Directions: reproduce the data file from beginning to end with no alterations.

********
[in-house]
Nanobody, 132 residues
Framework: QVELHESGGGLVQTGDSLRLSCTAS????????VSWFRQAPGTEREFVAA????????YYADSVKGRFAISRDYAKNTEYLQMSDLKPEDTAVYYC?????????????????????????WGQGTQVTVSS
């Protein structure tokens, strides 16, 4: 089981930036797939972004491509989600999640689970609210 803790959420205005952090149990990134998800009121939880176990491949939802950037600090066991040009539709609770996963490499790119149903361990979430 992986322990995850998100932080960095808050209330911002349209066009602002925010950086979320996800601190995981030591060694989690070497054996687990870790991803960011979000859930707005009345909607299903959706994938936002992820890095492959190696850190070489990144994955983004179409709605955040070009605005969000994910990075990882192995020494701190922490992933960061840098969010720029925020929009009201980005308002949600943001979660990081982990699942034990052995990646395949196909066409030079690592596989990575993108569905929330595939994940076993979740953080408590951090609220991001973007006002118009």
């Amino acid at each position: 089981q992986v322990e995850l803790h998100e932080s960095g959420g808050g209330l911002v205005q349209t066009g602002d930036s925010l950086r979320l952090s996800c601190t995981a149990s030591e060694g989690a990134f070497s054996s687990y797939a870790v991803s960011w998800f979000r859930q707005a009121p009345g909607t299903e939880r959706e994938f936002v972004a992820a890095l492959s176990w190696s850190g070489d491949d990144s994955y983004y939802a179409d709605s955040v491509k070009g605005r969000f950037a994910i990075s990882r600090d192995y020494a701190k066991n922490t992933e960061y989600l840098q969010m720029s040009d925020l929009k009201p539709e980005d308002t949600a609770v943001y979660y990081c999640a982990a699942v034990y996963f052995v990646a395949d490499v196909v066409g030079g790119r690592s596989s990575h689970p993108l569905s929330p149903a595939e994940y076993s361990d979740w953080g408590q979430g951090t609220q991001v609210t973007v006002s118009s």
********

[in-house]
Nanobody, 132 residues
Framework: QVELHESGGGLVQTGDSLRLSCTAS????????VSWFRQAPGTEREFVAA????????YYADSVKGRFAISRDYAKNTEYLQMSDLKPEDTAVYYC?????????????????????????WGQGTQVTVSS
């Protein structure tokens, strides 16, 4: 089981930036797939972004491509989600999640689970609210 803790959420205005952090149990990134998800009121939880176990491949939802950037600090066991040009539709609770996963490499790119149903361990979430 992986322990995850998100932080960095808050209330911002349209066009602002925010950086979320996800601190995981030591060694989690070497054996687990870790991803960011979000859930707005009345909607299903959706994938936002992820890095492959190696850190070489990144994955983004179409709605955040070009605005969000994910990075990882192995020494701190922490992933960061840098969010720029925020929009009201980005308002949600943001979660990081982990699942034990052995990646395949196909066409030079690592596989990575993108569905929330595939994940076993979740953080408590951090609220991001973007006002118009």
């Amino acid at each position: 089981q992986v322990e995850l803790h998100e932080s960095g959420g808050g209330l911002v205005q349209t066009g602002d930036s925010l950086r979320l952090s996800c601190t995981a149990s030591e060694g989690a990134f070497s054996s687990y797939a870790v991803s960011w998800f979000r859930q707005a009121p009345g909607t299903e939880r959706e994938f936002v972004a992820a890095l492959s176990w190696s850190g070489d491949d990144s994955y983004y939802a179409d709605s955040v491509k070009g605005r969000f950037a994910i990075s990882r600090d192995y020494a701190k066991n922490t992933e960061y989600l840098q969010m720029s040009d925020l929009k009201p539709e980005d308002t949600a609770v943001y979660y990081c999640a982990a699942v034990y996963f052995v990646a395949d490499v196909v066409g030079g790119r690592s596989s990575h689970p993108l569905s929330p149903a595939e994940y076993s361990d979740w953080g408590q979430g951090t609220q991001v609210t973007v006002s118009s």